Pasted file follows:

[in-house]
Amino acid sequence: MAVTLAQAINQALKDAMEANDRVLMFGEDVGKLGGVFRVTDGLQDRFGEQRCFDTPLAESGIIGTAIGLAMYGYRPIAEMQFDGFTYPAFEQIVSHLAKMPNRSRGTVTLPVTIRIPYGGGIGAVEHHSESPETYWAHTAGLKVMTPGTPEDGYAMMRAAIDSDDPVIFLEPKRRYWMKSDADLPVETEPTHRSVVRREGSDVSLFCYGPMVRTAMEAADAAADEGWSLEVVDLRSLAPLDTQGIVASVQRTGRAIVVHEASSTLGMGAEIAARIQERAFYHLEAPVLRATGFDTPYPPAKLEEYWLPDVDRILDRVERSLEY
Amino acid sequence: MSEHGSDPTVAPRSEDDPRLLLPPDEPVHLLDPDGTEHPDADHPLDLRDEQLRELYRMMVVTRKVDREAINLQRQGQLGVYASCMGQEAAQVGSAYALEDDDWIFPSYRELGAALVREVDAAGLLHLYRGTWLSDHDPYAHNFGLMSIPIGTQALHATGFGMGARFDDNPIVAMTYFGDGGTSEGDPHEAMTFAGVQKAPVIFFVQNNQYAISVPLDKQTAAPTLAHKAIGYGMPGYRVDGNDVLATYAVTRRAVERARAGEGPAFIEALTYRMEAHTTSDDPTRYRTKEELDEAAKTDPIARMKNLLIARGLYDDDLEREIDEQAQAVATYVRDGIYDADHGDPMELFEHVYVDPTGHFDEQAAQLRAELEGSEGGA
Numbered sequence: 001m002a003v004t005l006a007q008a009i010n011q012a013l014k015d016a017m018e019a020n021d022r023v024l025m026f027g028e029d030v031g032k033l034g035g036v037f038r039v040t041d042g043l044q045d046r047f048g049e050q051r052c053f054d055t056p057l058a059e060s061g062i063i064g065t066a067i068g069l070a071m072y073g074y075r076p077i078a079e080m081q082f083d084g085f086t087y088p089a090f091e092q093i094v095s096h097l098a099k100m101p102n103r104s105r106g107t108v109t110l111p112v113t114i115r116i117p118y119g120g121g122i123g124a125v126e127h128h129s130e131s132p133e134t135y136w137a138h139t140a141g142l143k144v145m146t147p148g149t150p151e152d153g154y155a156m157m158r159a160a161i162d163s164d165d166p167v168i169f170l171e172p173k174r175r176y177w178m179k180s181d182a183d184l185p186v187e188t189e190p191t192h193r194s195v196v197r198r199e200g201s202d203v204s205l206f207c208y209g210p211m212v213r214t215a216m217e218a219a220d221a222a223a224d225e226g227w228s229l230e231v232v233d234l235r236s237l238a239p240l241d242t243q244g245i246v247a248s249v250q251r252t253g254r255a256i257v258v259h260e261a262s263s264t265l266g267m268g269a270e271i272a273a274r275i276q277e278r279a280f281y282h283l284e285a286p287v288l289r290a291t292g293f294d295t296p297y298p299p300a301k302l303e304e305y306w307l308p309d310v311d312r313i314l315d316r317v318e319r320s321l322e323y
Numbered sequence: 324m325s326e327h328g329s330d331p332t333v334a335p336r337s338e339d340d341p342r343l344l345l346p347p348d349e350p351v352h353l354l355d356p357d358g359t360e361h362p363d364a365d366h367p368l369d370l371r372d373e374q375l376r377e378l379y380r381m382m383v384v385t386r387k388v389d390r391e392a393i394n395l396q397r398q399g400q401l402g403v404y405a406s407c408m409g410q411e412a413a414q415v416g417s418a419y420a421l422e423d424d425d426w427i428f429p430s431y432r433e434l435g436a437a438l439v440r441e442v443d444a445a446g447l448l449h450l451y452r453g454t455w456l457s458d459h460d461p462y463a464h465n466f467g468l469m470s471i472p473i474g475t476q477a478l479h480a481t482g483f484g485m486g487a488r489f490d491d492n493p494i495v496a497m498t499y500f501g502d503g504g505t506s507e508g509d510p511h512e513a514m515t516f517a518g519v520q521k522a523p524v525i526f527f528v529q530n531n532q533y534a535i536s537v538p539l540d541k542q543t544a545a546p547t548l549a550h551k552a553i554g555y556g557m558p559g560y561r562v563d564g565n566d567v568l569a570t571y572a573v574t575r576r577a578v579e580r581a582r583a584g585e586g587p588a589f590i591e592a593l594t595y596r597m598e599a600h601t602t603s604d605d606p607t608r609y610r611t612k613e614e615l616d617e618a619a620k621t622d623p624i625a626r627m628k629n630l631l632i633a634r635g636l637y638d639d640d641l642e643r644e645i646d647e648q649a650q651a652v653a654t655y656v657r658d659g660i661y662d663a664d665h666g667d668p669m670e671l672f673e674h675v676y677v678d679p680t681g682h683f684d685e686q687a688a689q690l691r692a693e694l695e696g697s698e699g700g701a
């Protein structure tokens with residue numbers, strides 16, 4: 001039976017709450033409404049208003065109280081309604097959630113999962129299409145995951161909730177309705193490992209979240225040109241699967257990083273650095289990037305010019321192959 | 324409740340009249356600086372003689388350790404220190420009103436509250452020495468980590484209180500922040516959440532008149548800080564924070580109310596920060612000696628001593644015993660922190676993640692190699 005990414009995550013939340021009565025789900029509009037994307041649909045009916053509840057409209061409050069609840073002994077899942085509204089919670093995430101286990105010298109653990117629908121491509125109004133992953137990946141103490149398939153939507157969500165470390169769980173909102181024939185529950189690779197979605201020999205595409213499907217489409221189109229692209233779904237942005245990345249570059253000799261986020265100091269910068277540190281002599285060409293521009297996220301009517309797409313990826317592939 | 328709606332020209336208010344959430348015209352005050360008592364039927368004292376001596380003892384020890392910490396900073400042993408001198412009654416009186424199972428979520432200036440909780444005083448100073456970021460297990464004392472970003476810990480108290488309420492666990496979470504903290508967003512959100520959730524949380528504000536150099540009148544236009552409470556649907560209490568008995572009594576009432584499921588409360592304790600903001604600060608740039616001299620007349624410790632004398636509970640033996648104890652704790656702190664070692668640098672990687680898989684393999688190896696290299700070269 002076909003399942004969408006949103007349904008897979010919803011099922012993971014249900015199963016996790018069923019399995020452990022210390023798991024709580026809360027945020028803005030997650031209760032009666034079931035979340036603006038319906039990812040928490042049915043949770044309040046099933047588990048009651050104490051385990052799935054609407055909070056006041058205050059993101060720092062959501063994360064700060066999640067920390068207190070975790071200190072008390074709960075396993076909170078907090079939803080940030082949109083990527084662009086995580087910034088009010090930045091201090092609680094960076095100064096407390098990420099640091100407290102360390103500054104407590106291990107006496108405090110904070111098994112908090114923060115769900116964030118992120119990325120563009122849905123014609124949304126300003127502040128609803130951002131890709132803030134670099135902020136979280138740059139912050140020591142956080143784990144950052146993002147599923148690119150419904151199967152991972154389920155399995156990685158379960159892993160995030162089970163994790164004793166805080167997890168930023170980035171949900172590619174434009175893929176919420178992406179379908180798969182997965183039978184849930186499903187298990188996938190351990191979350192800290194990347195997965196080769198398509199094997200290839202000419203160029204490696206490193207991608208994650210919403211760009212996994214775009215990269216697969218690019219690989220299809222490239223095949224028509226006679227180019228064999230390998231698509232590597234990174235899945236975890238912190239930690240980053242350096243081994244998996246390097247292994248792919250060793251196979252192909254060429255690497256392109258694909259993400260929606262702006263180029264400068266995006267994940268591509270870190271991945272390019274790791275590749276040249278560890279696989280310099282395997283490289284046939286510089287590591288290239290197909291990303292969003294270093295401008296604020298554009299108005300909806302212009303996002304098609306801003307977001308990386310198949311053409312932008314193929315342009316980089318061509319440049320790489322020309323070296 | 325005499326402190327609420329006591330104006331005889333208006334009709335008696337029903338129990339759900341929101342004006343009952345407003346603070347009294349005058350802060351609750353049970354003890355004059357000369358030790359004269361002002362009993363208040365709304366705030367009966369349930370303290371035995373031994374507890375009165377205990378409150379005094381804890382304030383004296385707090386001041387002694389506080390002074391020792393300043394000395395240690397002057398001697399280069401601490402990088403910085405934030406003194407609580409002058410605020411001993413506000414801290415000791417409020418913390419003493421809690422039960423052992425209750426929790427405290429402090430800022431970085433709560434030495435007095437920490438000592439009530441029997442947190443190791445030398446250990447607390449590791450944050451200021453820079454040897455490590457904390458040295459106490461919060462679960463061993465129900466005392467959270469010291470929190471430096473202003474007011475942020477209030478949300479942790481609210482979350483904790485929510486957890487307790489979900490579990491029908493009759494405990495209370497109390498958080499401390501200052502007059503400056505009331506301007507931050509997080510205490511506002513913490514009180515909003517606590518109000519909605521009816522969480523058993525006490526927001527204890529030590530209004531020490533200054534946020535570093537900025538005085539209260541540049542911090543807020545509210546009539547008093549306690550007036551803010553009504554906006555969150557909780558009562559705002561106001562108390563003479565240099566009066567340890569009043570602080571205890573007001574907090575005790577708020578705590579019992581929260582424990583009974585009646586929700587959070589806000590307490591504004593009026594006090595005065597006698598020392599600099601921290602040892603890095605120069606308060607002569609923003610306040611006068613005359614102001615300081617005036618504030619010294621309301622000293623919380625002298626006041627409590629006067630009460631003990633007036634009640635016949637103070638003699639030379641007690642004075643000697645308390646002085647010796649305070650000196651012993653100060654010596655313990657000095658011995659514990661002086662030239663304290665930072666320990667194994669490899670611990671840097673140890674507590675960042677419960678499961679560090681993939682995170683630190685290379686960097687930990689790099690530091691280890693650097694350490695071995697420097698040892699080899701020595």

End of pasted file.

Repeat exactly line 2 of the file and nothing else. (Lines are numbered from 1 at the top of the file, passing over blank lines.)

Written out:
Amino acid sequence: MAVTLAQAINQALKDAMEANDRVLMFGEDVGKLGGVFRVTDGLQDRFGEQRCFDTPLAESGIIGTAIGLAMYGYRPIAEMQFDGFTYPAFEQIVSHLAKMPNRSRGTVTLPVTIRIPYGGGIGAVEHHSESPETYWAHTAGLKVMTPGTPEDGYAMMRAAIDSDDPVIFLEPKRRYWMKSDADLPVETEPTHRSVVRREGSDVSLFCYGPMVRTAMEAADAAADEGWSLEVVDLRSLAPLDTQGIVASVQRTGRAIVVHEASSTLGMGAEIAARIQERAFYHLEAPVLRATGFDTPYPPAKLEEYWLPDVDRILDRVERSLEY